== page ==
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Timing of bylaw amendments

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Can a bylaw amendment have an effective date that is backdated?  I am testing creative solutions to addressing actions taken due to the pandemic for societies that did not have electronic meetings in their bylaws.  For example, if a group moved forward with hosting meetings electronically, including actions taken by the body, like elections), could this be a solution?  Let me know your thoughts! 

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9 minutes ago, SanJohn said:

Can a bylaw amendment have an effective date that is backdated?  I am testing creative solutions to addressing actions taken due to the pandemic for societies that did not have electronic meetings in their bylaws.  For example, if a group moved forward with hosting meetings electronically, including actions taken by the body, like elections), could this be a solution?  Let me know your thoughts!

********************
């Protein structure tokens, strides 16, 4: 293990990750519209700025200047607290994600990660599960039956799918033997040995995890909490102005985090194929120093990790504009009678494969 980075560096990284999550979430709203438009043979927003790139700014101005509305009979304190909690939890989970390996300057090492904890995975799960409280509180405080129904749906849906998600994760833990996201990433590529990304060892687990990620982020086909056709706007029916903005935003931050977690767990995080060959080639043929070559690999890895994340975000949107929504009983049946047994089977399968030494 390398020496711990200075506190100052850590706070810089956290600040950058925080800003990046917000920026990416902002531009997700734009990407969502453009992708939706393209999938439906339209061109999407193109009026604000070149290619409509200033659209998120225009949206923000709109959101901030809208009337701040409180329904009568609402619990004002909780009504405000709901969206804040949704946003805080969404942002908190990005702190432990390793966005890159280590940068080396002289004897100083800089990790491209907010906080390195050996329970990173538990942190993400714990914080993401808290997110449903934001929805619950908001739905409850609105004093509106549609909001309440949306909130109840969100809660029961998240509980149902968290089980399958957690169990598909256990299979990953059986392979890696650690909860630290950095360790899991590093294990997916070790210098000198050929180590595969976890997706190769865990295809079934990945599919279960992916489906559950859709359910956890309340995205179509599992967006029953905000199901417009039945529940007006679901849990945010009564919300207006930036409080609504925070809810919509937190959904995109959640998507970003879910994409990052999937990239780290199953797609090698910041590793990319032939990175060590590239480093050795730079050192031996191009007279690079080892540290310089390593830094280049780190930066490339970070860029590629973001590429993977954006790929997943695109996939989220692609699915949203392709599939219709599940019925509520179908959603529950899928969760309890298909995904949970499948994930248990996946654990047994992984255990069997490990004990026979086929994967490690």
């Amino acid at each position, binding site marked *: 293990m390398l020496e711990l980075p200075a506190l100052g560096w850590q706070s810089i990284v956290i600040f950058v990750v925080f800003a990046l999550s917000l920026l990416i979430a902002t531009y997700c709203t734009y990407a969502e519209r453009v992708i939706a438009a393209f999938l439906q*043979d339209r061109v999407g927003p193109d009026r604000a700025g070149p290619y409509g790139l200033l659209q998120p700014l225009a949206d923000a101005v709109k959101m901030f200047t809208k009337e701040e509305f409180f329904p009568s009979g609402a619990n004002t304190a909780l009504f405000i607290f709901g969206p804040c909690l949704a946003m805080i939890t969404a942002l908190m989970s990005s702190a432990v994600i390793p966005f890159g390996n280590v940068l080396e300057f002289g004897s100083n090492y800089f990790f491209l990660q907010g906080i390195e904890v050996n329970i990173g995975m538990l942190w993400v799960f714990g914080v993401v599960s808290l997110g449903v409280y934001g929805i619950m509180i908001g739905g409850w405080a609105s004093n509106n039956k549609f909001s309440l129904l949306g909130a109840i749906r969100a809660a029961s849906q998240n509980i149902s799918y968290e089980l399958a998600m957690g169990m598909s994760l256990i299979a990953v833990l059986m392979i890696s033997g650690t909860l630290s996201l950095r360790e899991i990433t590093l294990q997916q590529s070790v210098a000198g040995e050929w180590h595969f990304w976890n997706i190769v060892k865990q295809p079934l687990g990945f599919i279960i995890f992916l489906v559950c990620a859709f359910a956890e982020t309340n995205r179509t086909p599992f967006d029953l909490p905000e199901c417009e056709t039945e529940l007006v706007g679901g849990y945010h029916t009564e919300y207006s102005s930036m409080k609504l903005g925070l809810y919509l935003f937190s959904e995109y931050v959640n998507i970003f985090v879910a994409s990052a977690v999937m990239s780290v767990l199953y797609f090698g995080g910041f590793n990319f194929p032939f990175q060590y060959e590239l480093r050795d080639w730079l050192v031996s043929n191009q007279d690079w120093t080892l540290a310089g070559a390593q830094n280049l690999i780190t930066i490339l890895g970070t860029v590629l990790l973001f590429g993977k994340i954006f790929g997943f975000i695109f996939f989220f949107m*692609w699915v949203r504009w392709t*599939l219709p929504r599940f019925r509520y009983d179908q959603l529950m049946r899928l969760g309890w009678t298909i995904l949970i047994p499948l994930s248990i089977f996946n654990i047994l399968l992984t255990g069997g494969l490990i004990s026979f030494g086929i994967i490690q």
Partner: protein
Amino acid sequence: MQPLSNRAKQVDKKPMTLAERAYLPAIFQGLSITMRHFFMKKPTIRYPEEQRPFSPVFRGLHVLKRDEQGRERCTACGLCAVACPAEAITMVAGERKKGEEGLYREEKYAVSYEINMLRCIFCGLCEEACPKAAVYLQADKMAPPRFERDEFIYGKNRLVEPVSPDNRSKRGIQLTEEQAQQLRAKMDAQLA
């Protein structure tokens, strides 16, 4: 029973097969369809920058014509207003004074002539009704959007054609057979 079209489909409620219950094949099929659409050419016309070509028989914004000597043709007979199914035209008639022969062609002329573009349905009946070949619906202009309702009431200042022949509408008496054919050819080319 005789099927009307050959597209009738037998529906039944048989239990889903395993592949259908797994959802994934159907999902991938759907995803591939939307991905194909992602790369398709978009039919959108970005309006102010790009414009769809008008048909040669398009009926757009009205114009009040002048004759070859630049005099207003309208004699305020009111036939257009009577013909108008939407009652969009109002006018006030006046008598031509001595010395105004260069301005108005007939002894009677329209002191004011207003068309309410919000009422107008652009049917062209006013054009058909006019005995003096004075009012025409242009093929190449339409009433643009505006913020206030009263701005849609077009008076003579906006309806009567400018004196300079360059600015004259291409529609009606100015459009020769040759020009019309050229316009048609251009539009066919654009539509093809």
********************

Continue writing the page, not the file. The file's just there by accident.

Short answer, no, you cannot make a bylaw amendment effective retroactively.

Depending on the circumstances,  it might be possible at a future meeting for the membership to ratify certain actions taken by officers in reliance on those votes taken in your electronic  meetings.  You might take a look at Official Interpretation # 2020-1, recently issued by the RONR authorship team. https://robertsrules.com/interp_list.html#2020_1

Edited to add:  Note that this official interpretation refers to authorizing the actions of OFFICERS (and certain others) taken in reliance on votes at such an improper electronic meeting.  That is not the same thing as actually ratifying the votes themselves.

Edited by Richard Brown
Added last paragraph

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31 minutes ago, Richard Brown said:

Short answer, no, you cannot make a bylaw amendment effective retroactively.

Depending on the circumstances,  it might be possible at a future meeting for the membership to ratify certain actions taken by officers in reliance on those votes taken in your electronic  meetings.  You might take a look at Official Interpretation # 2020-1, recently issued by the RONR authorship team. https://robertsrules.com/interp_list.html#2020_1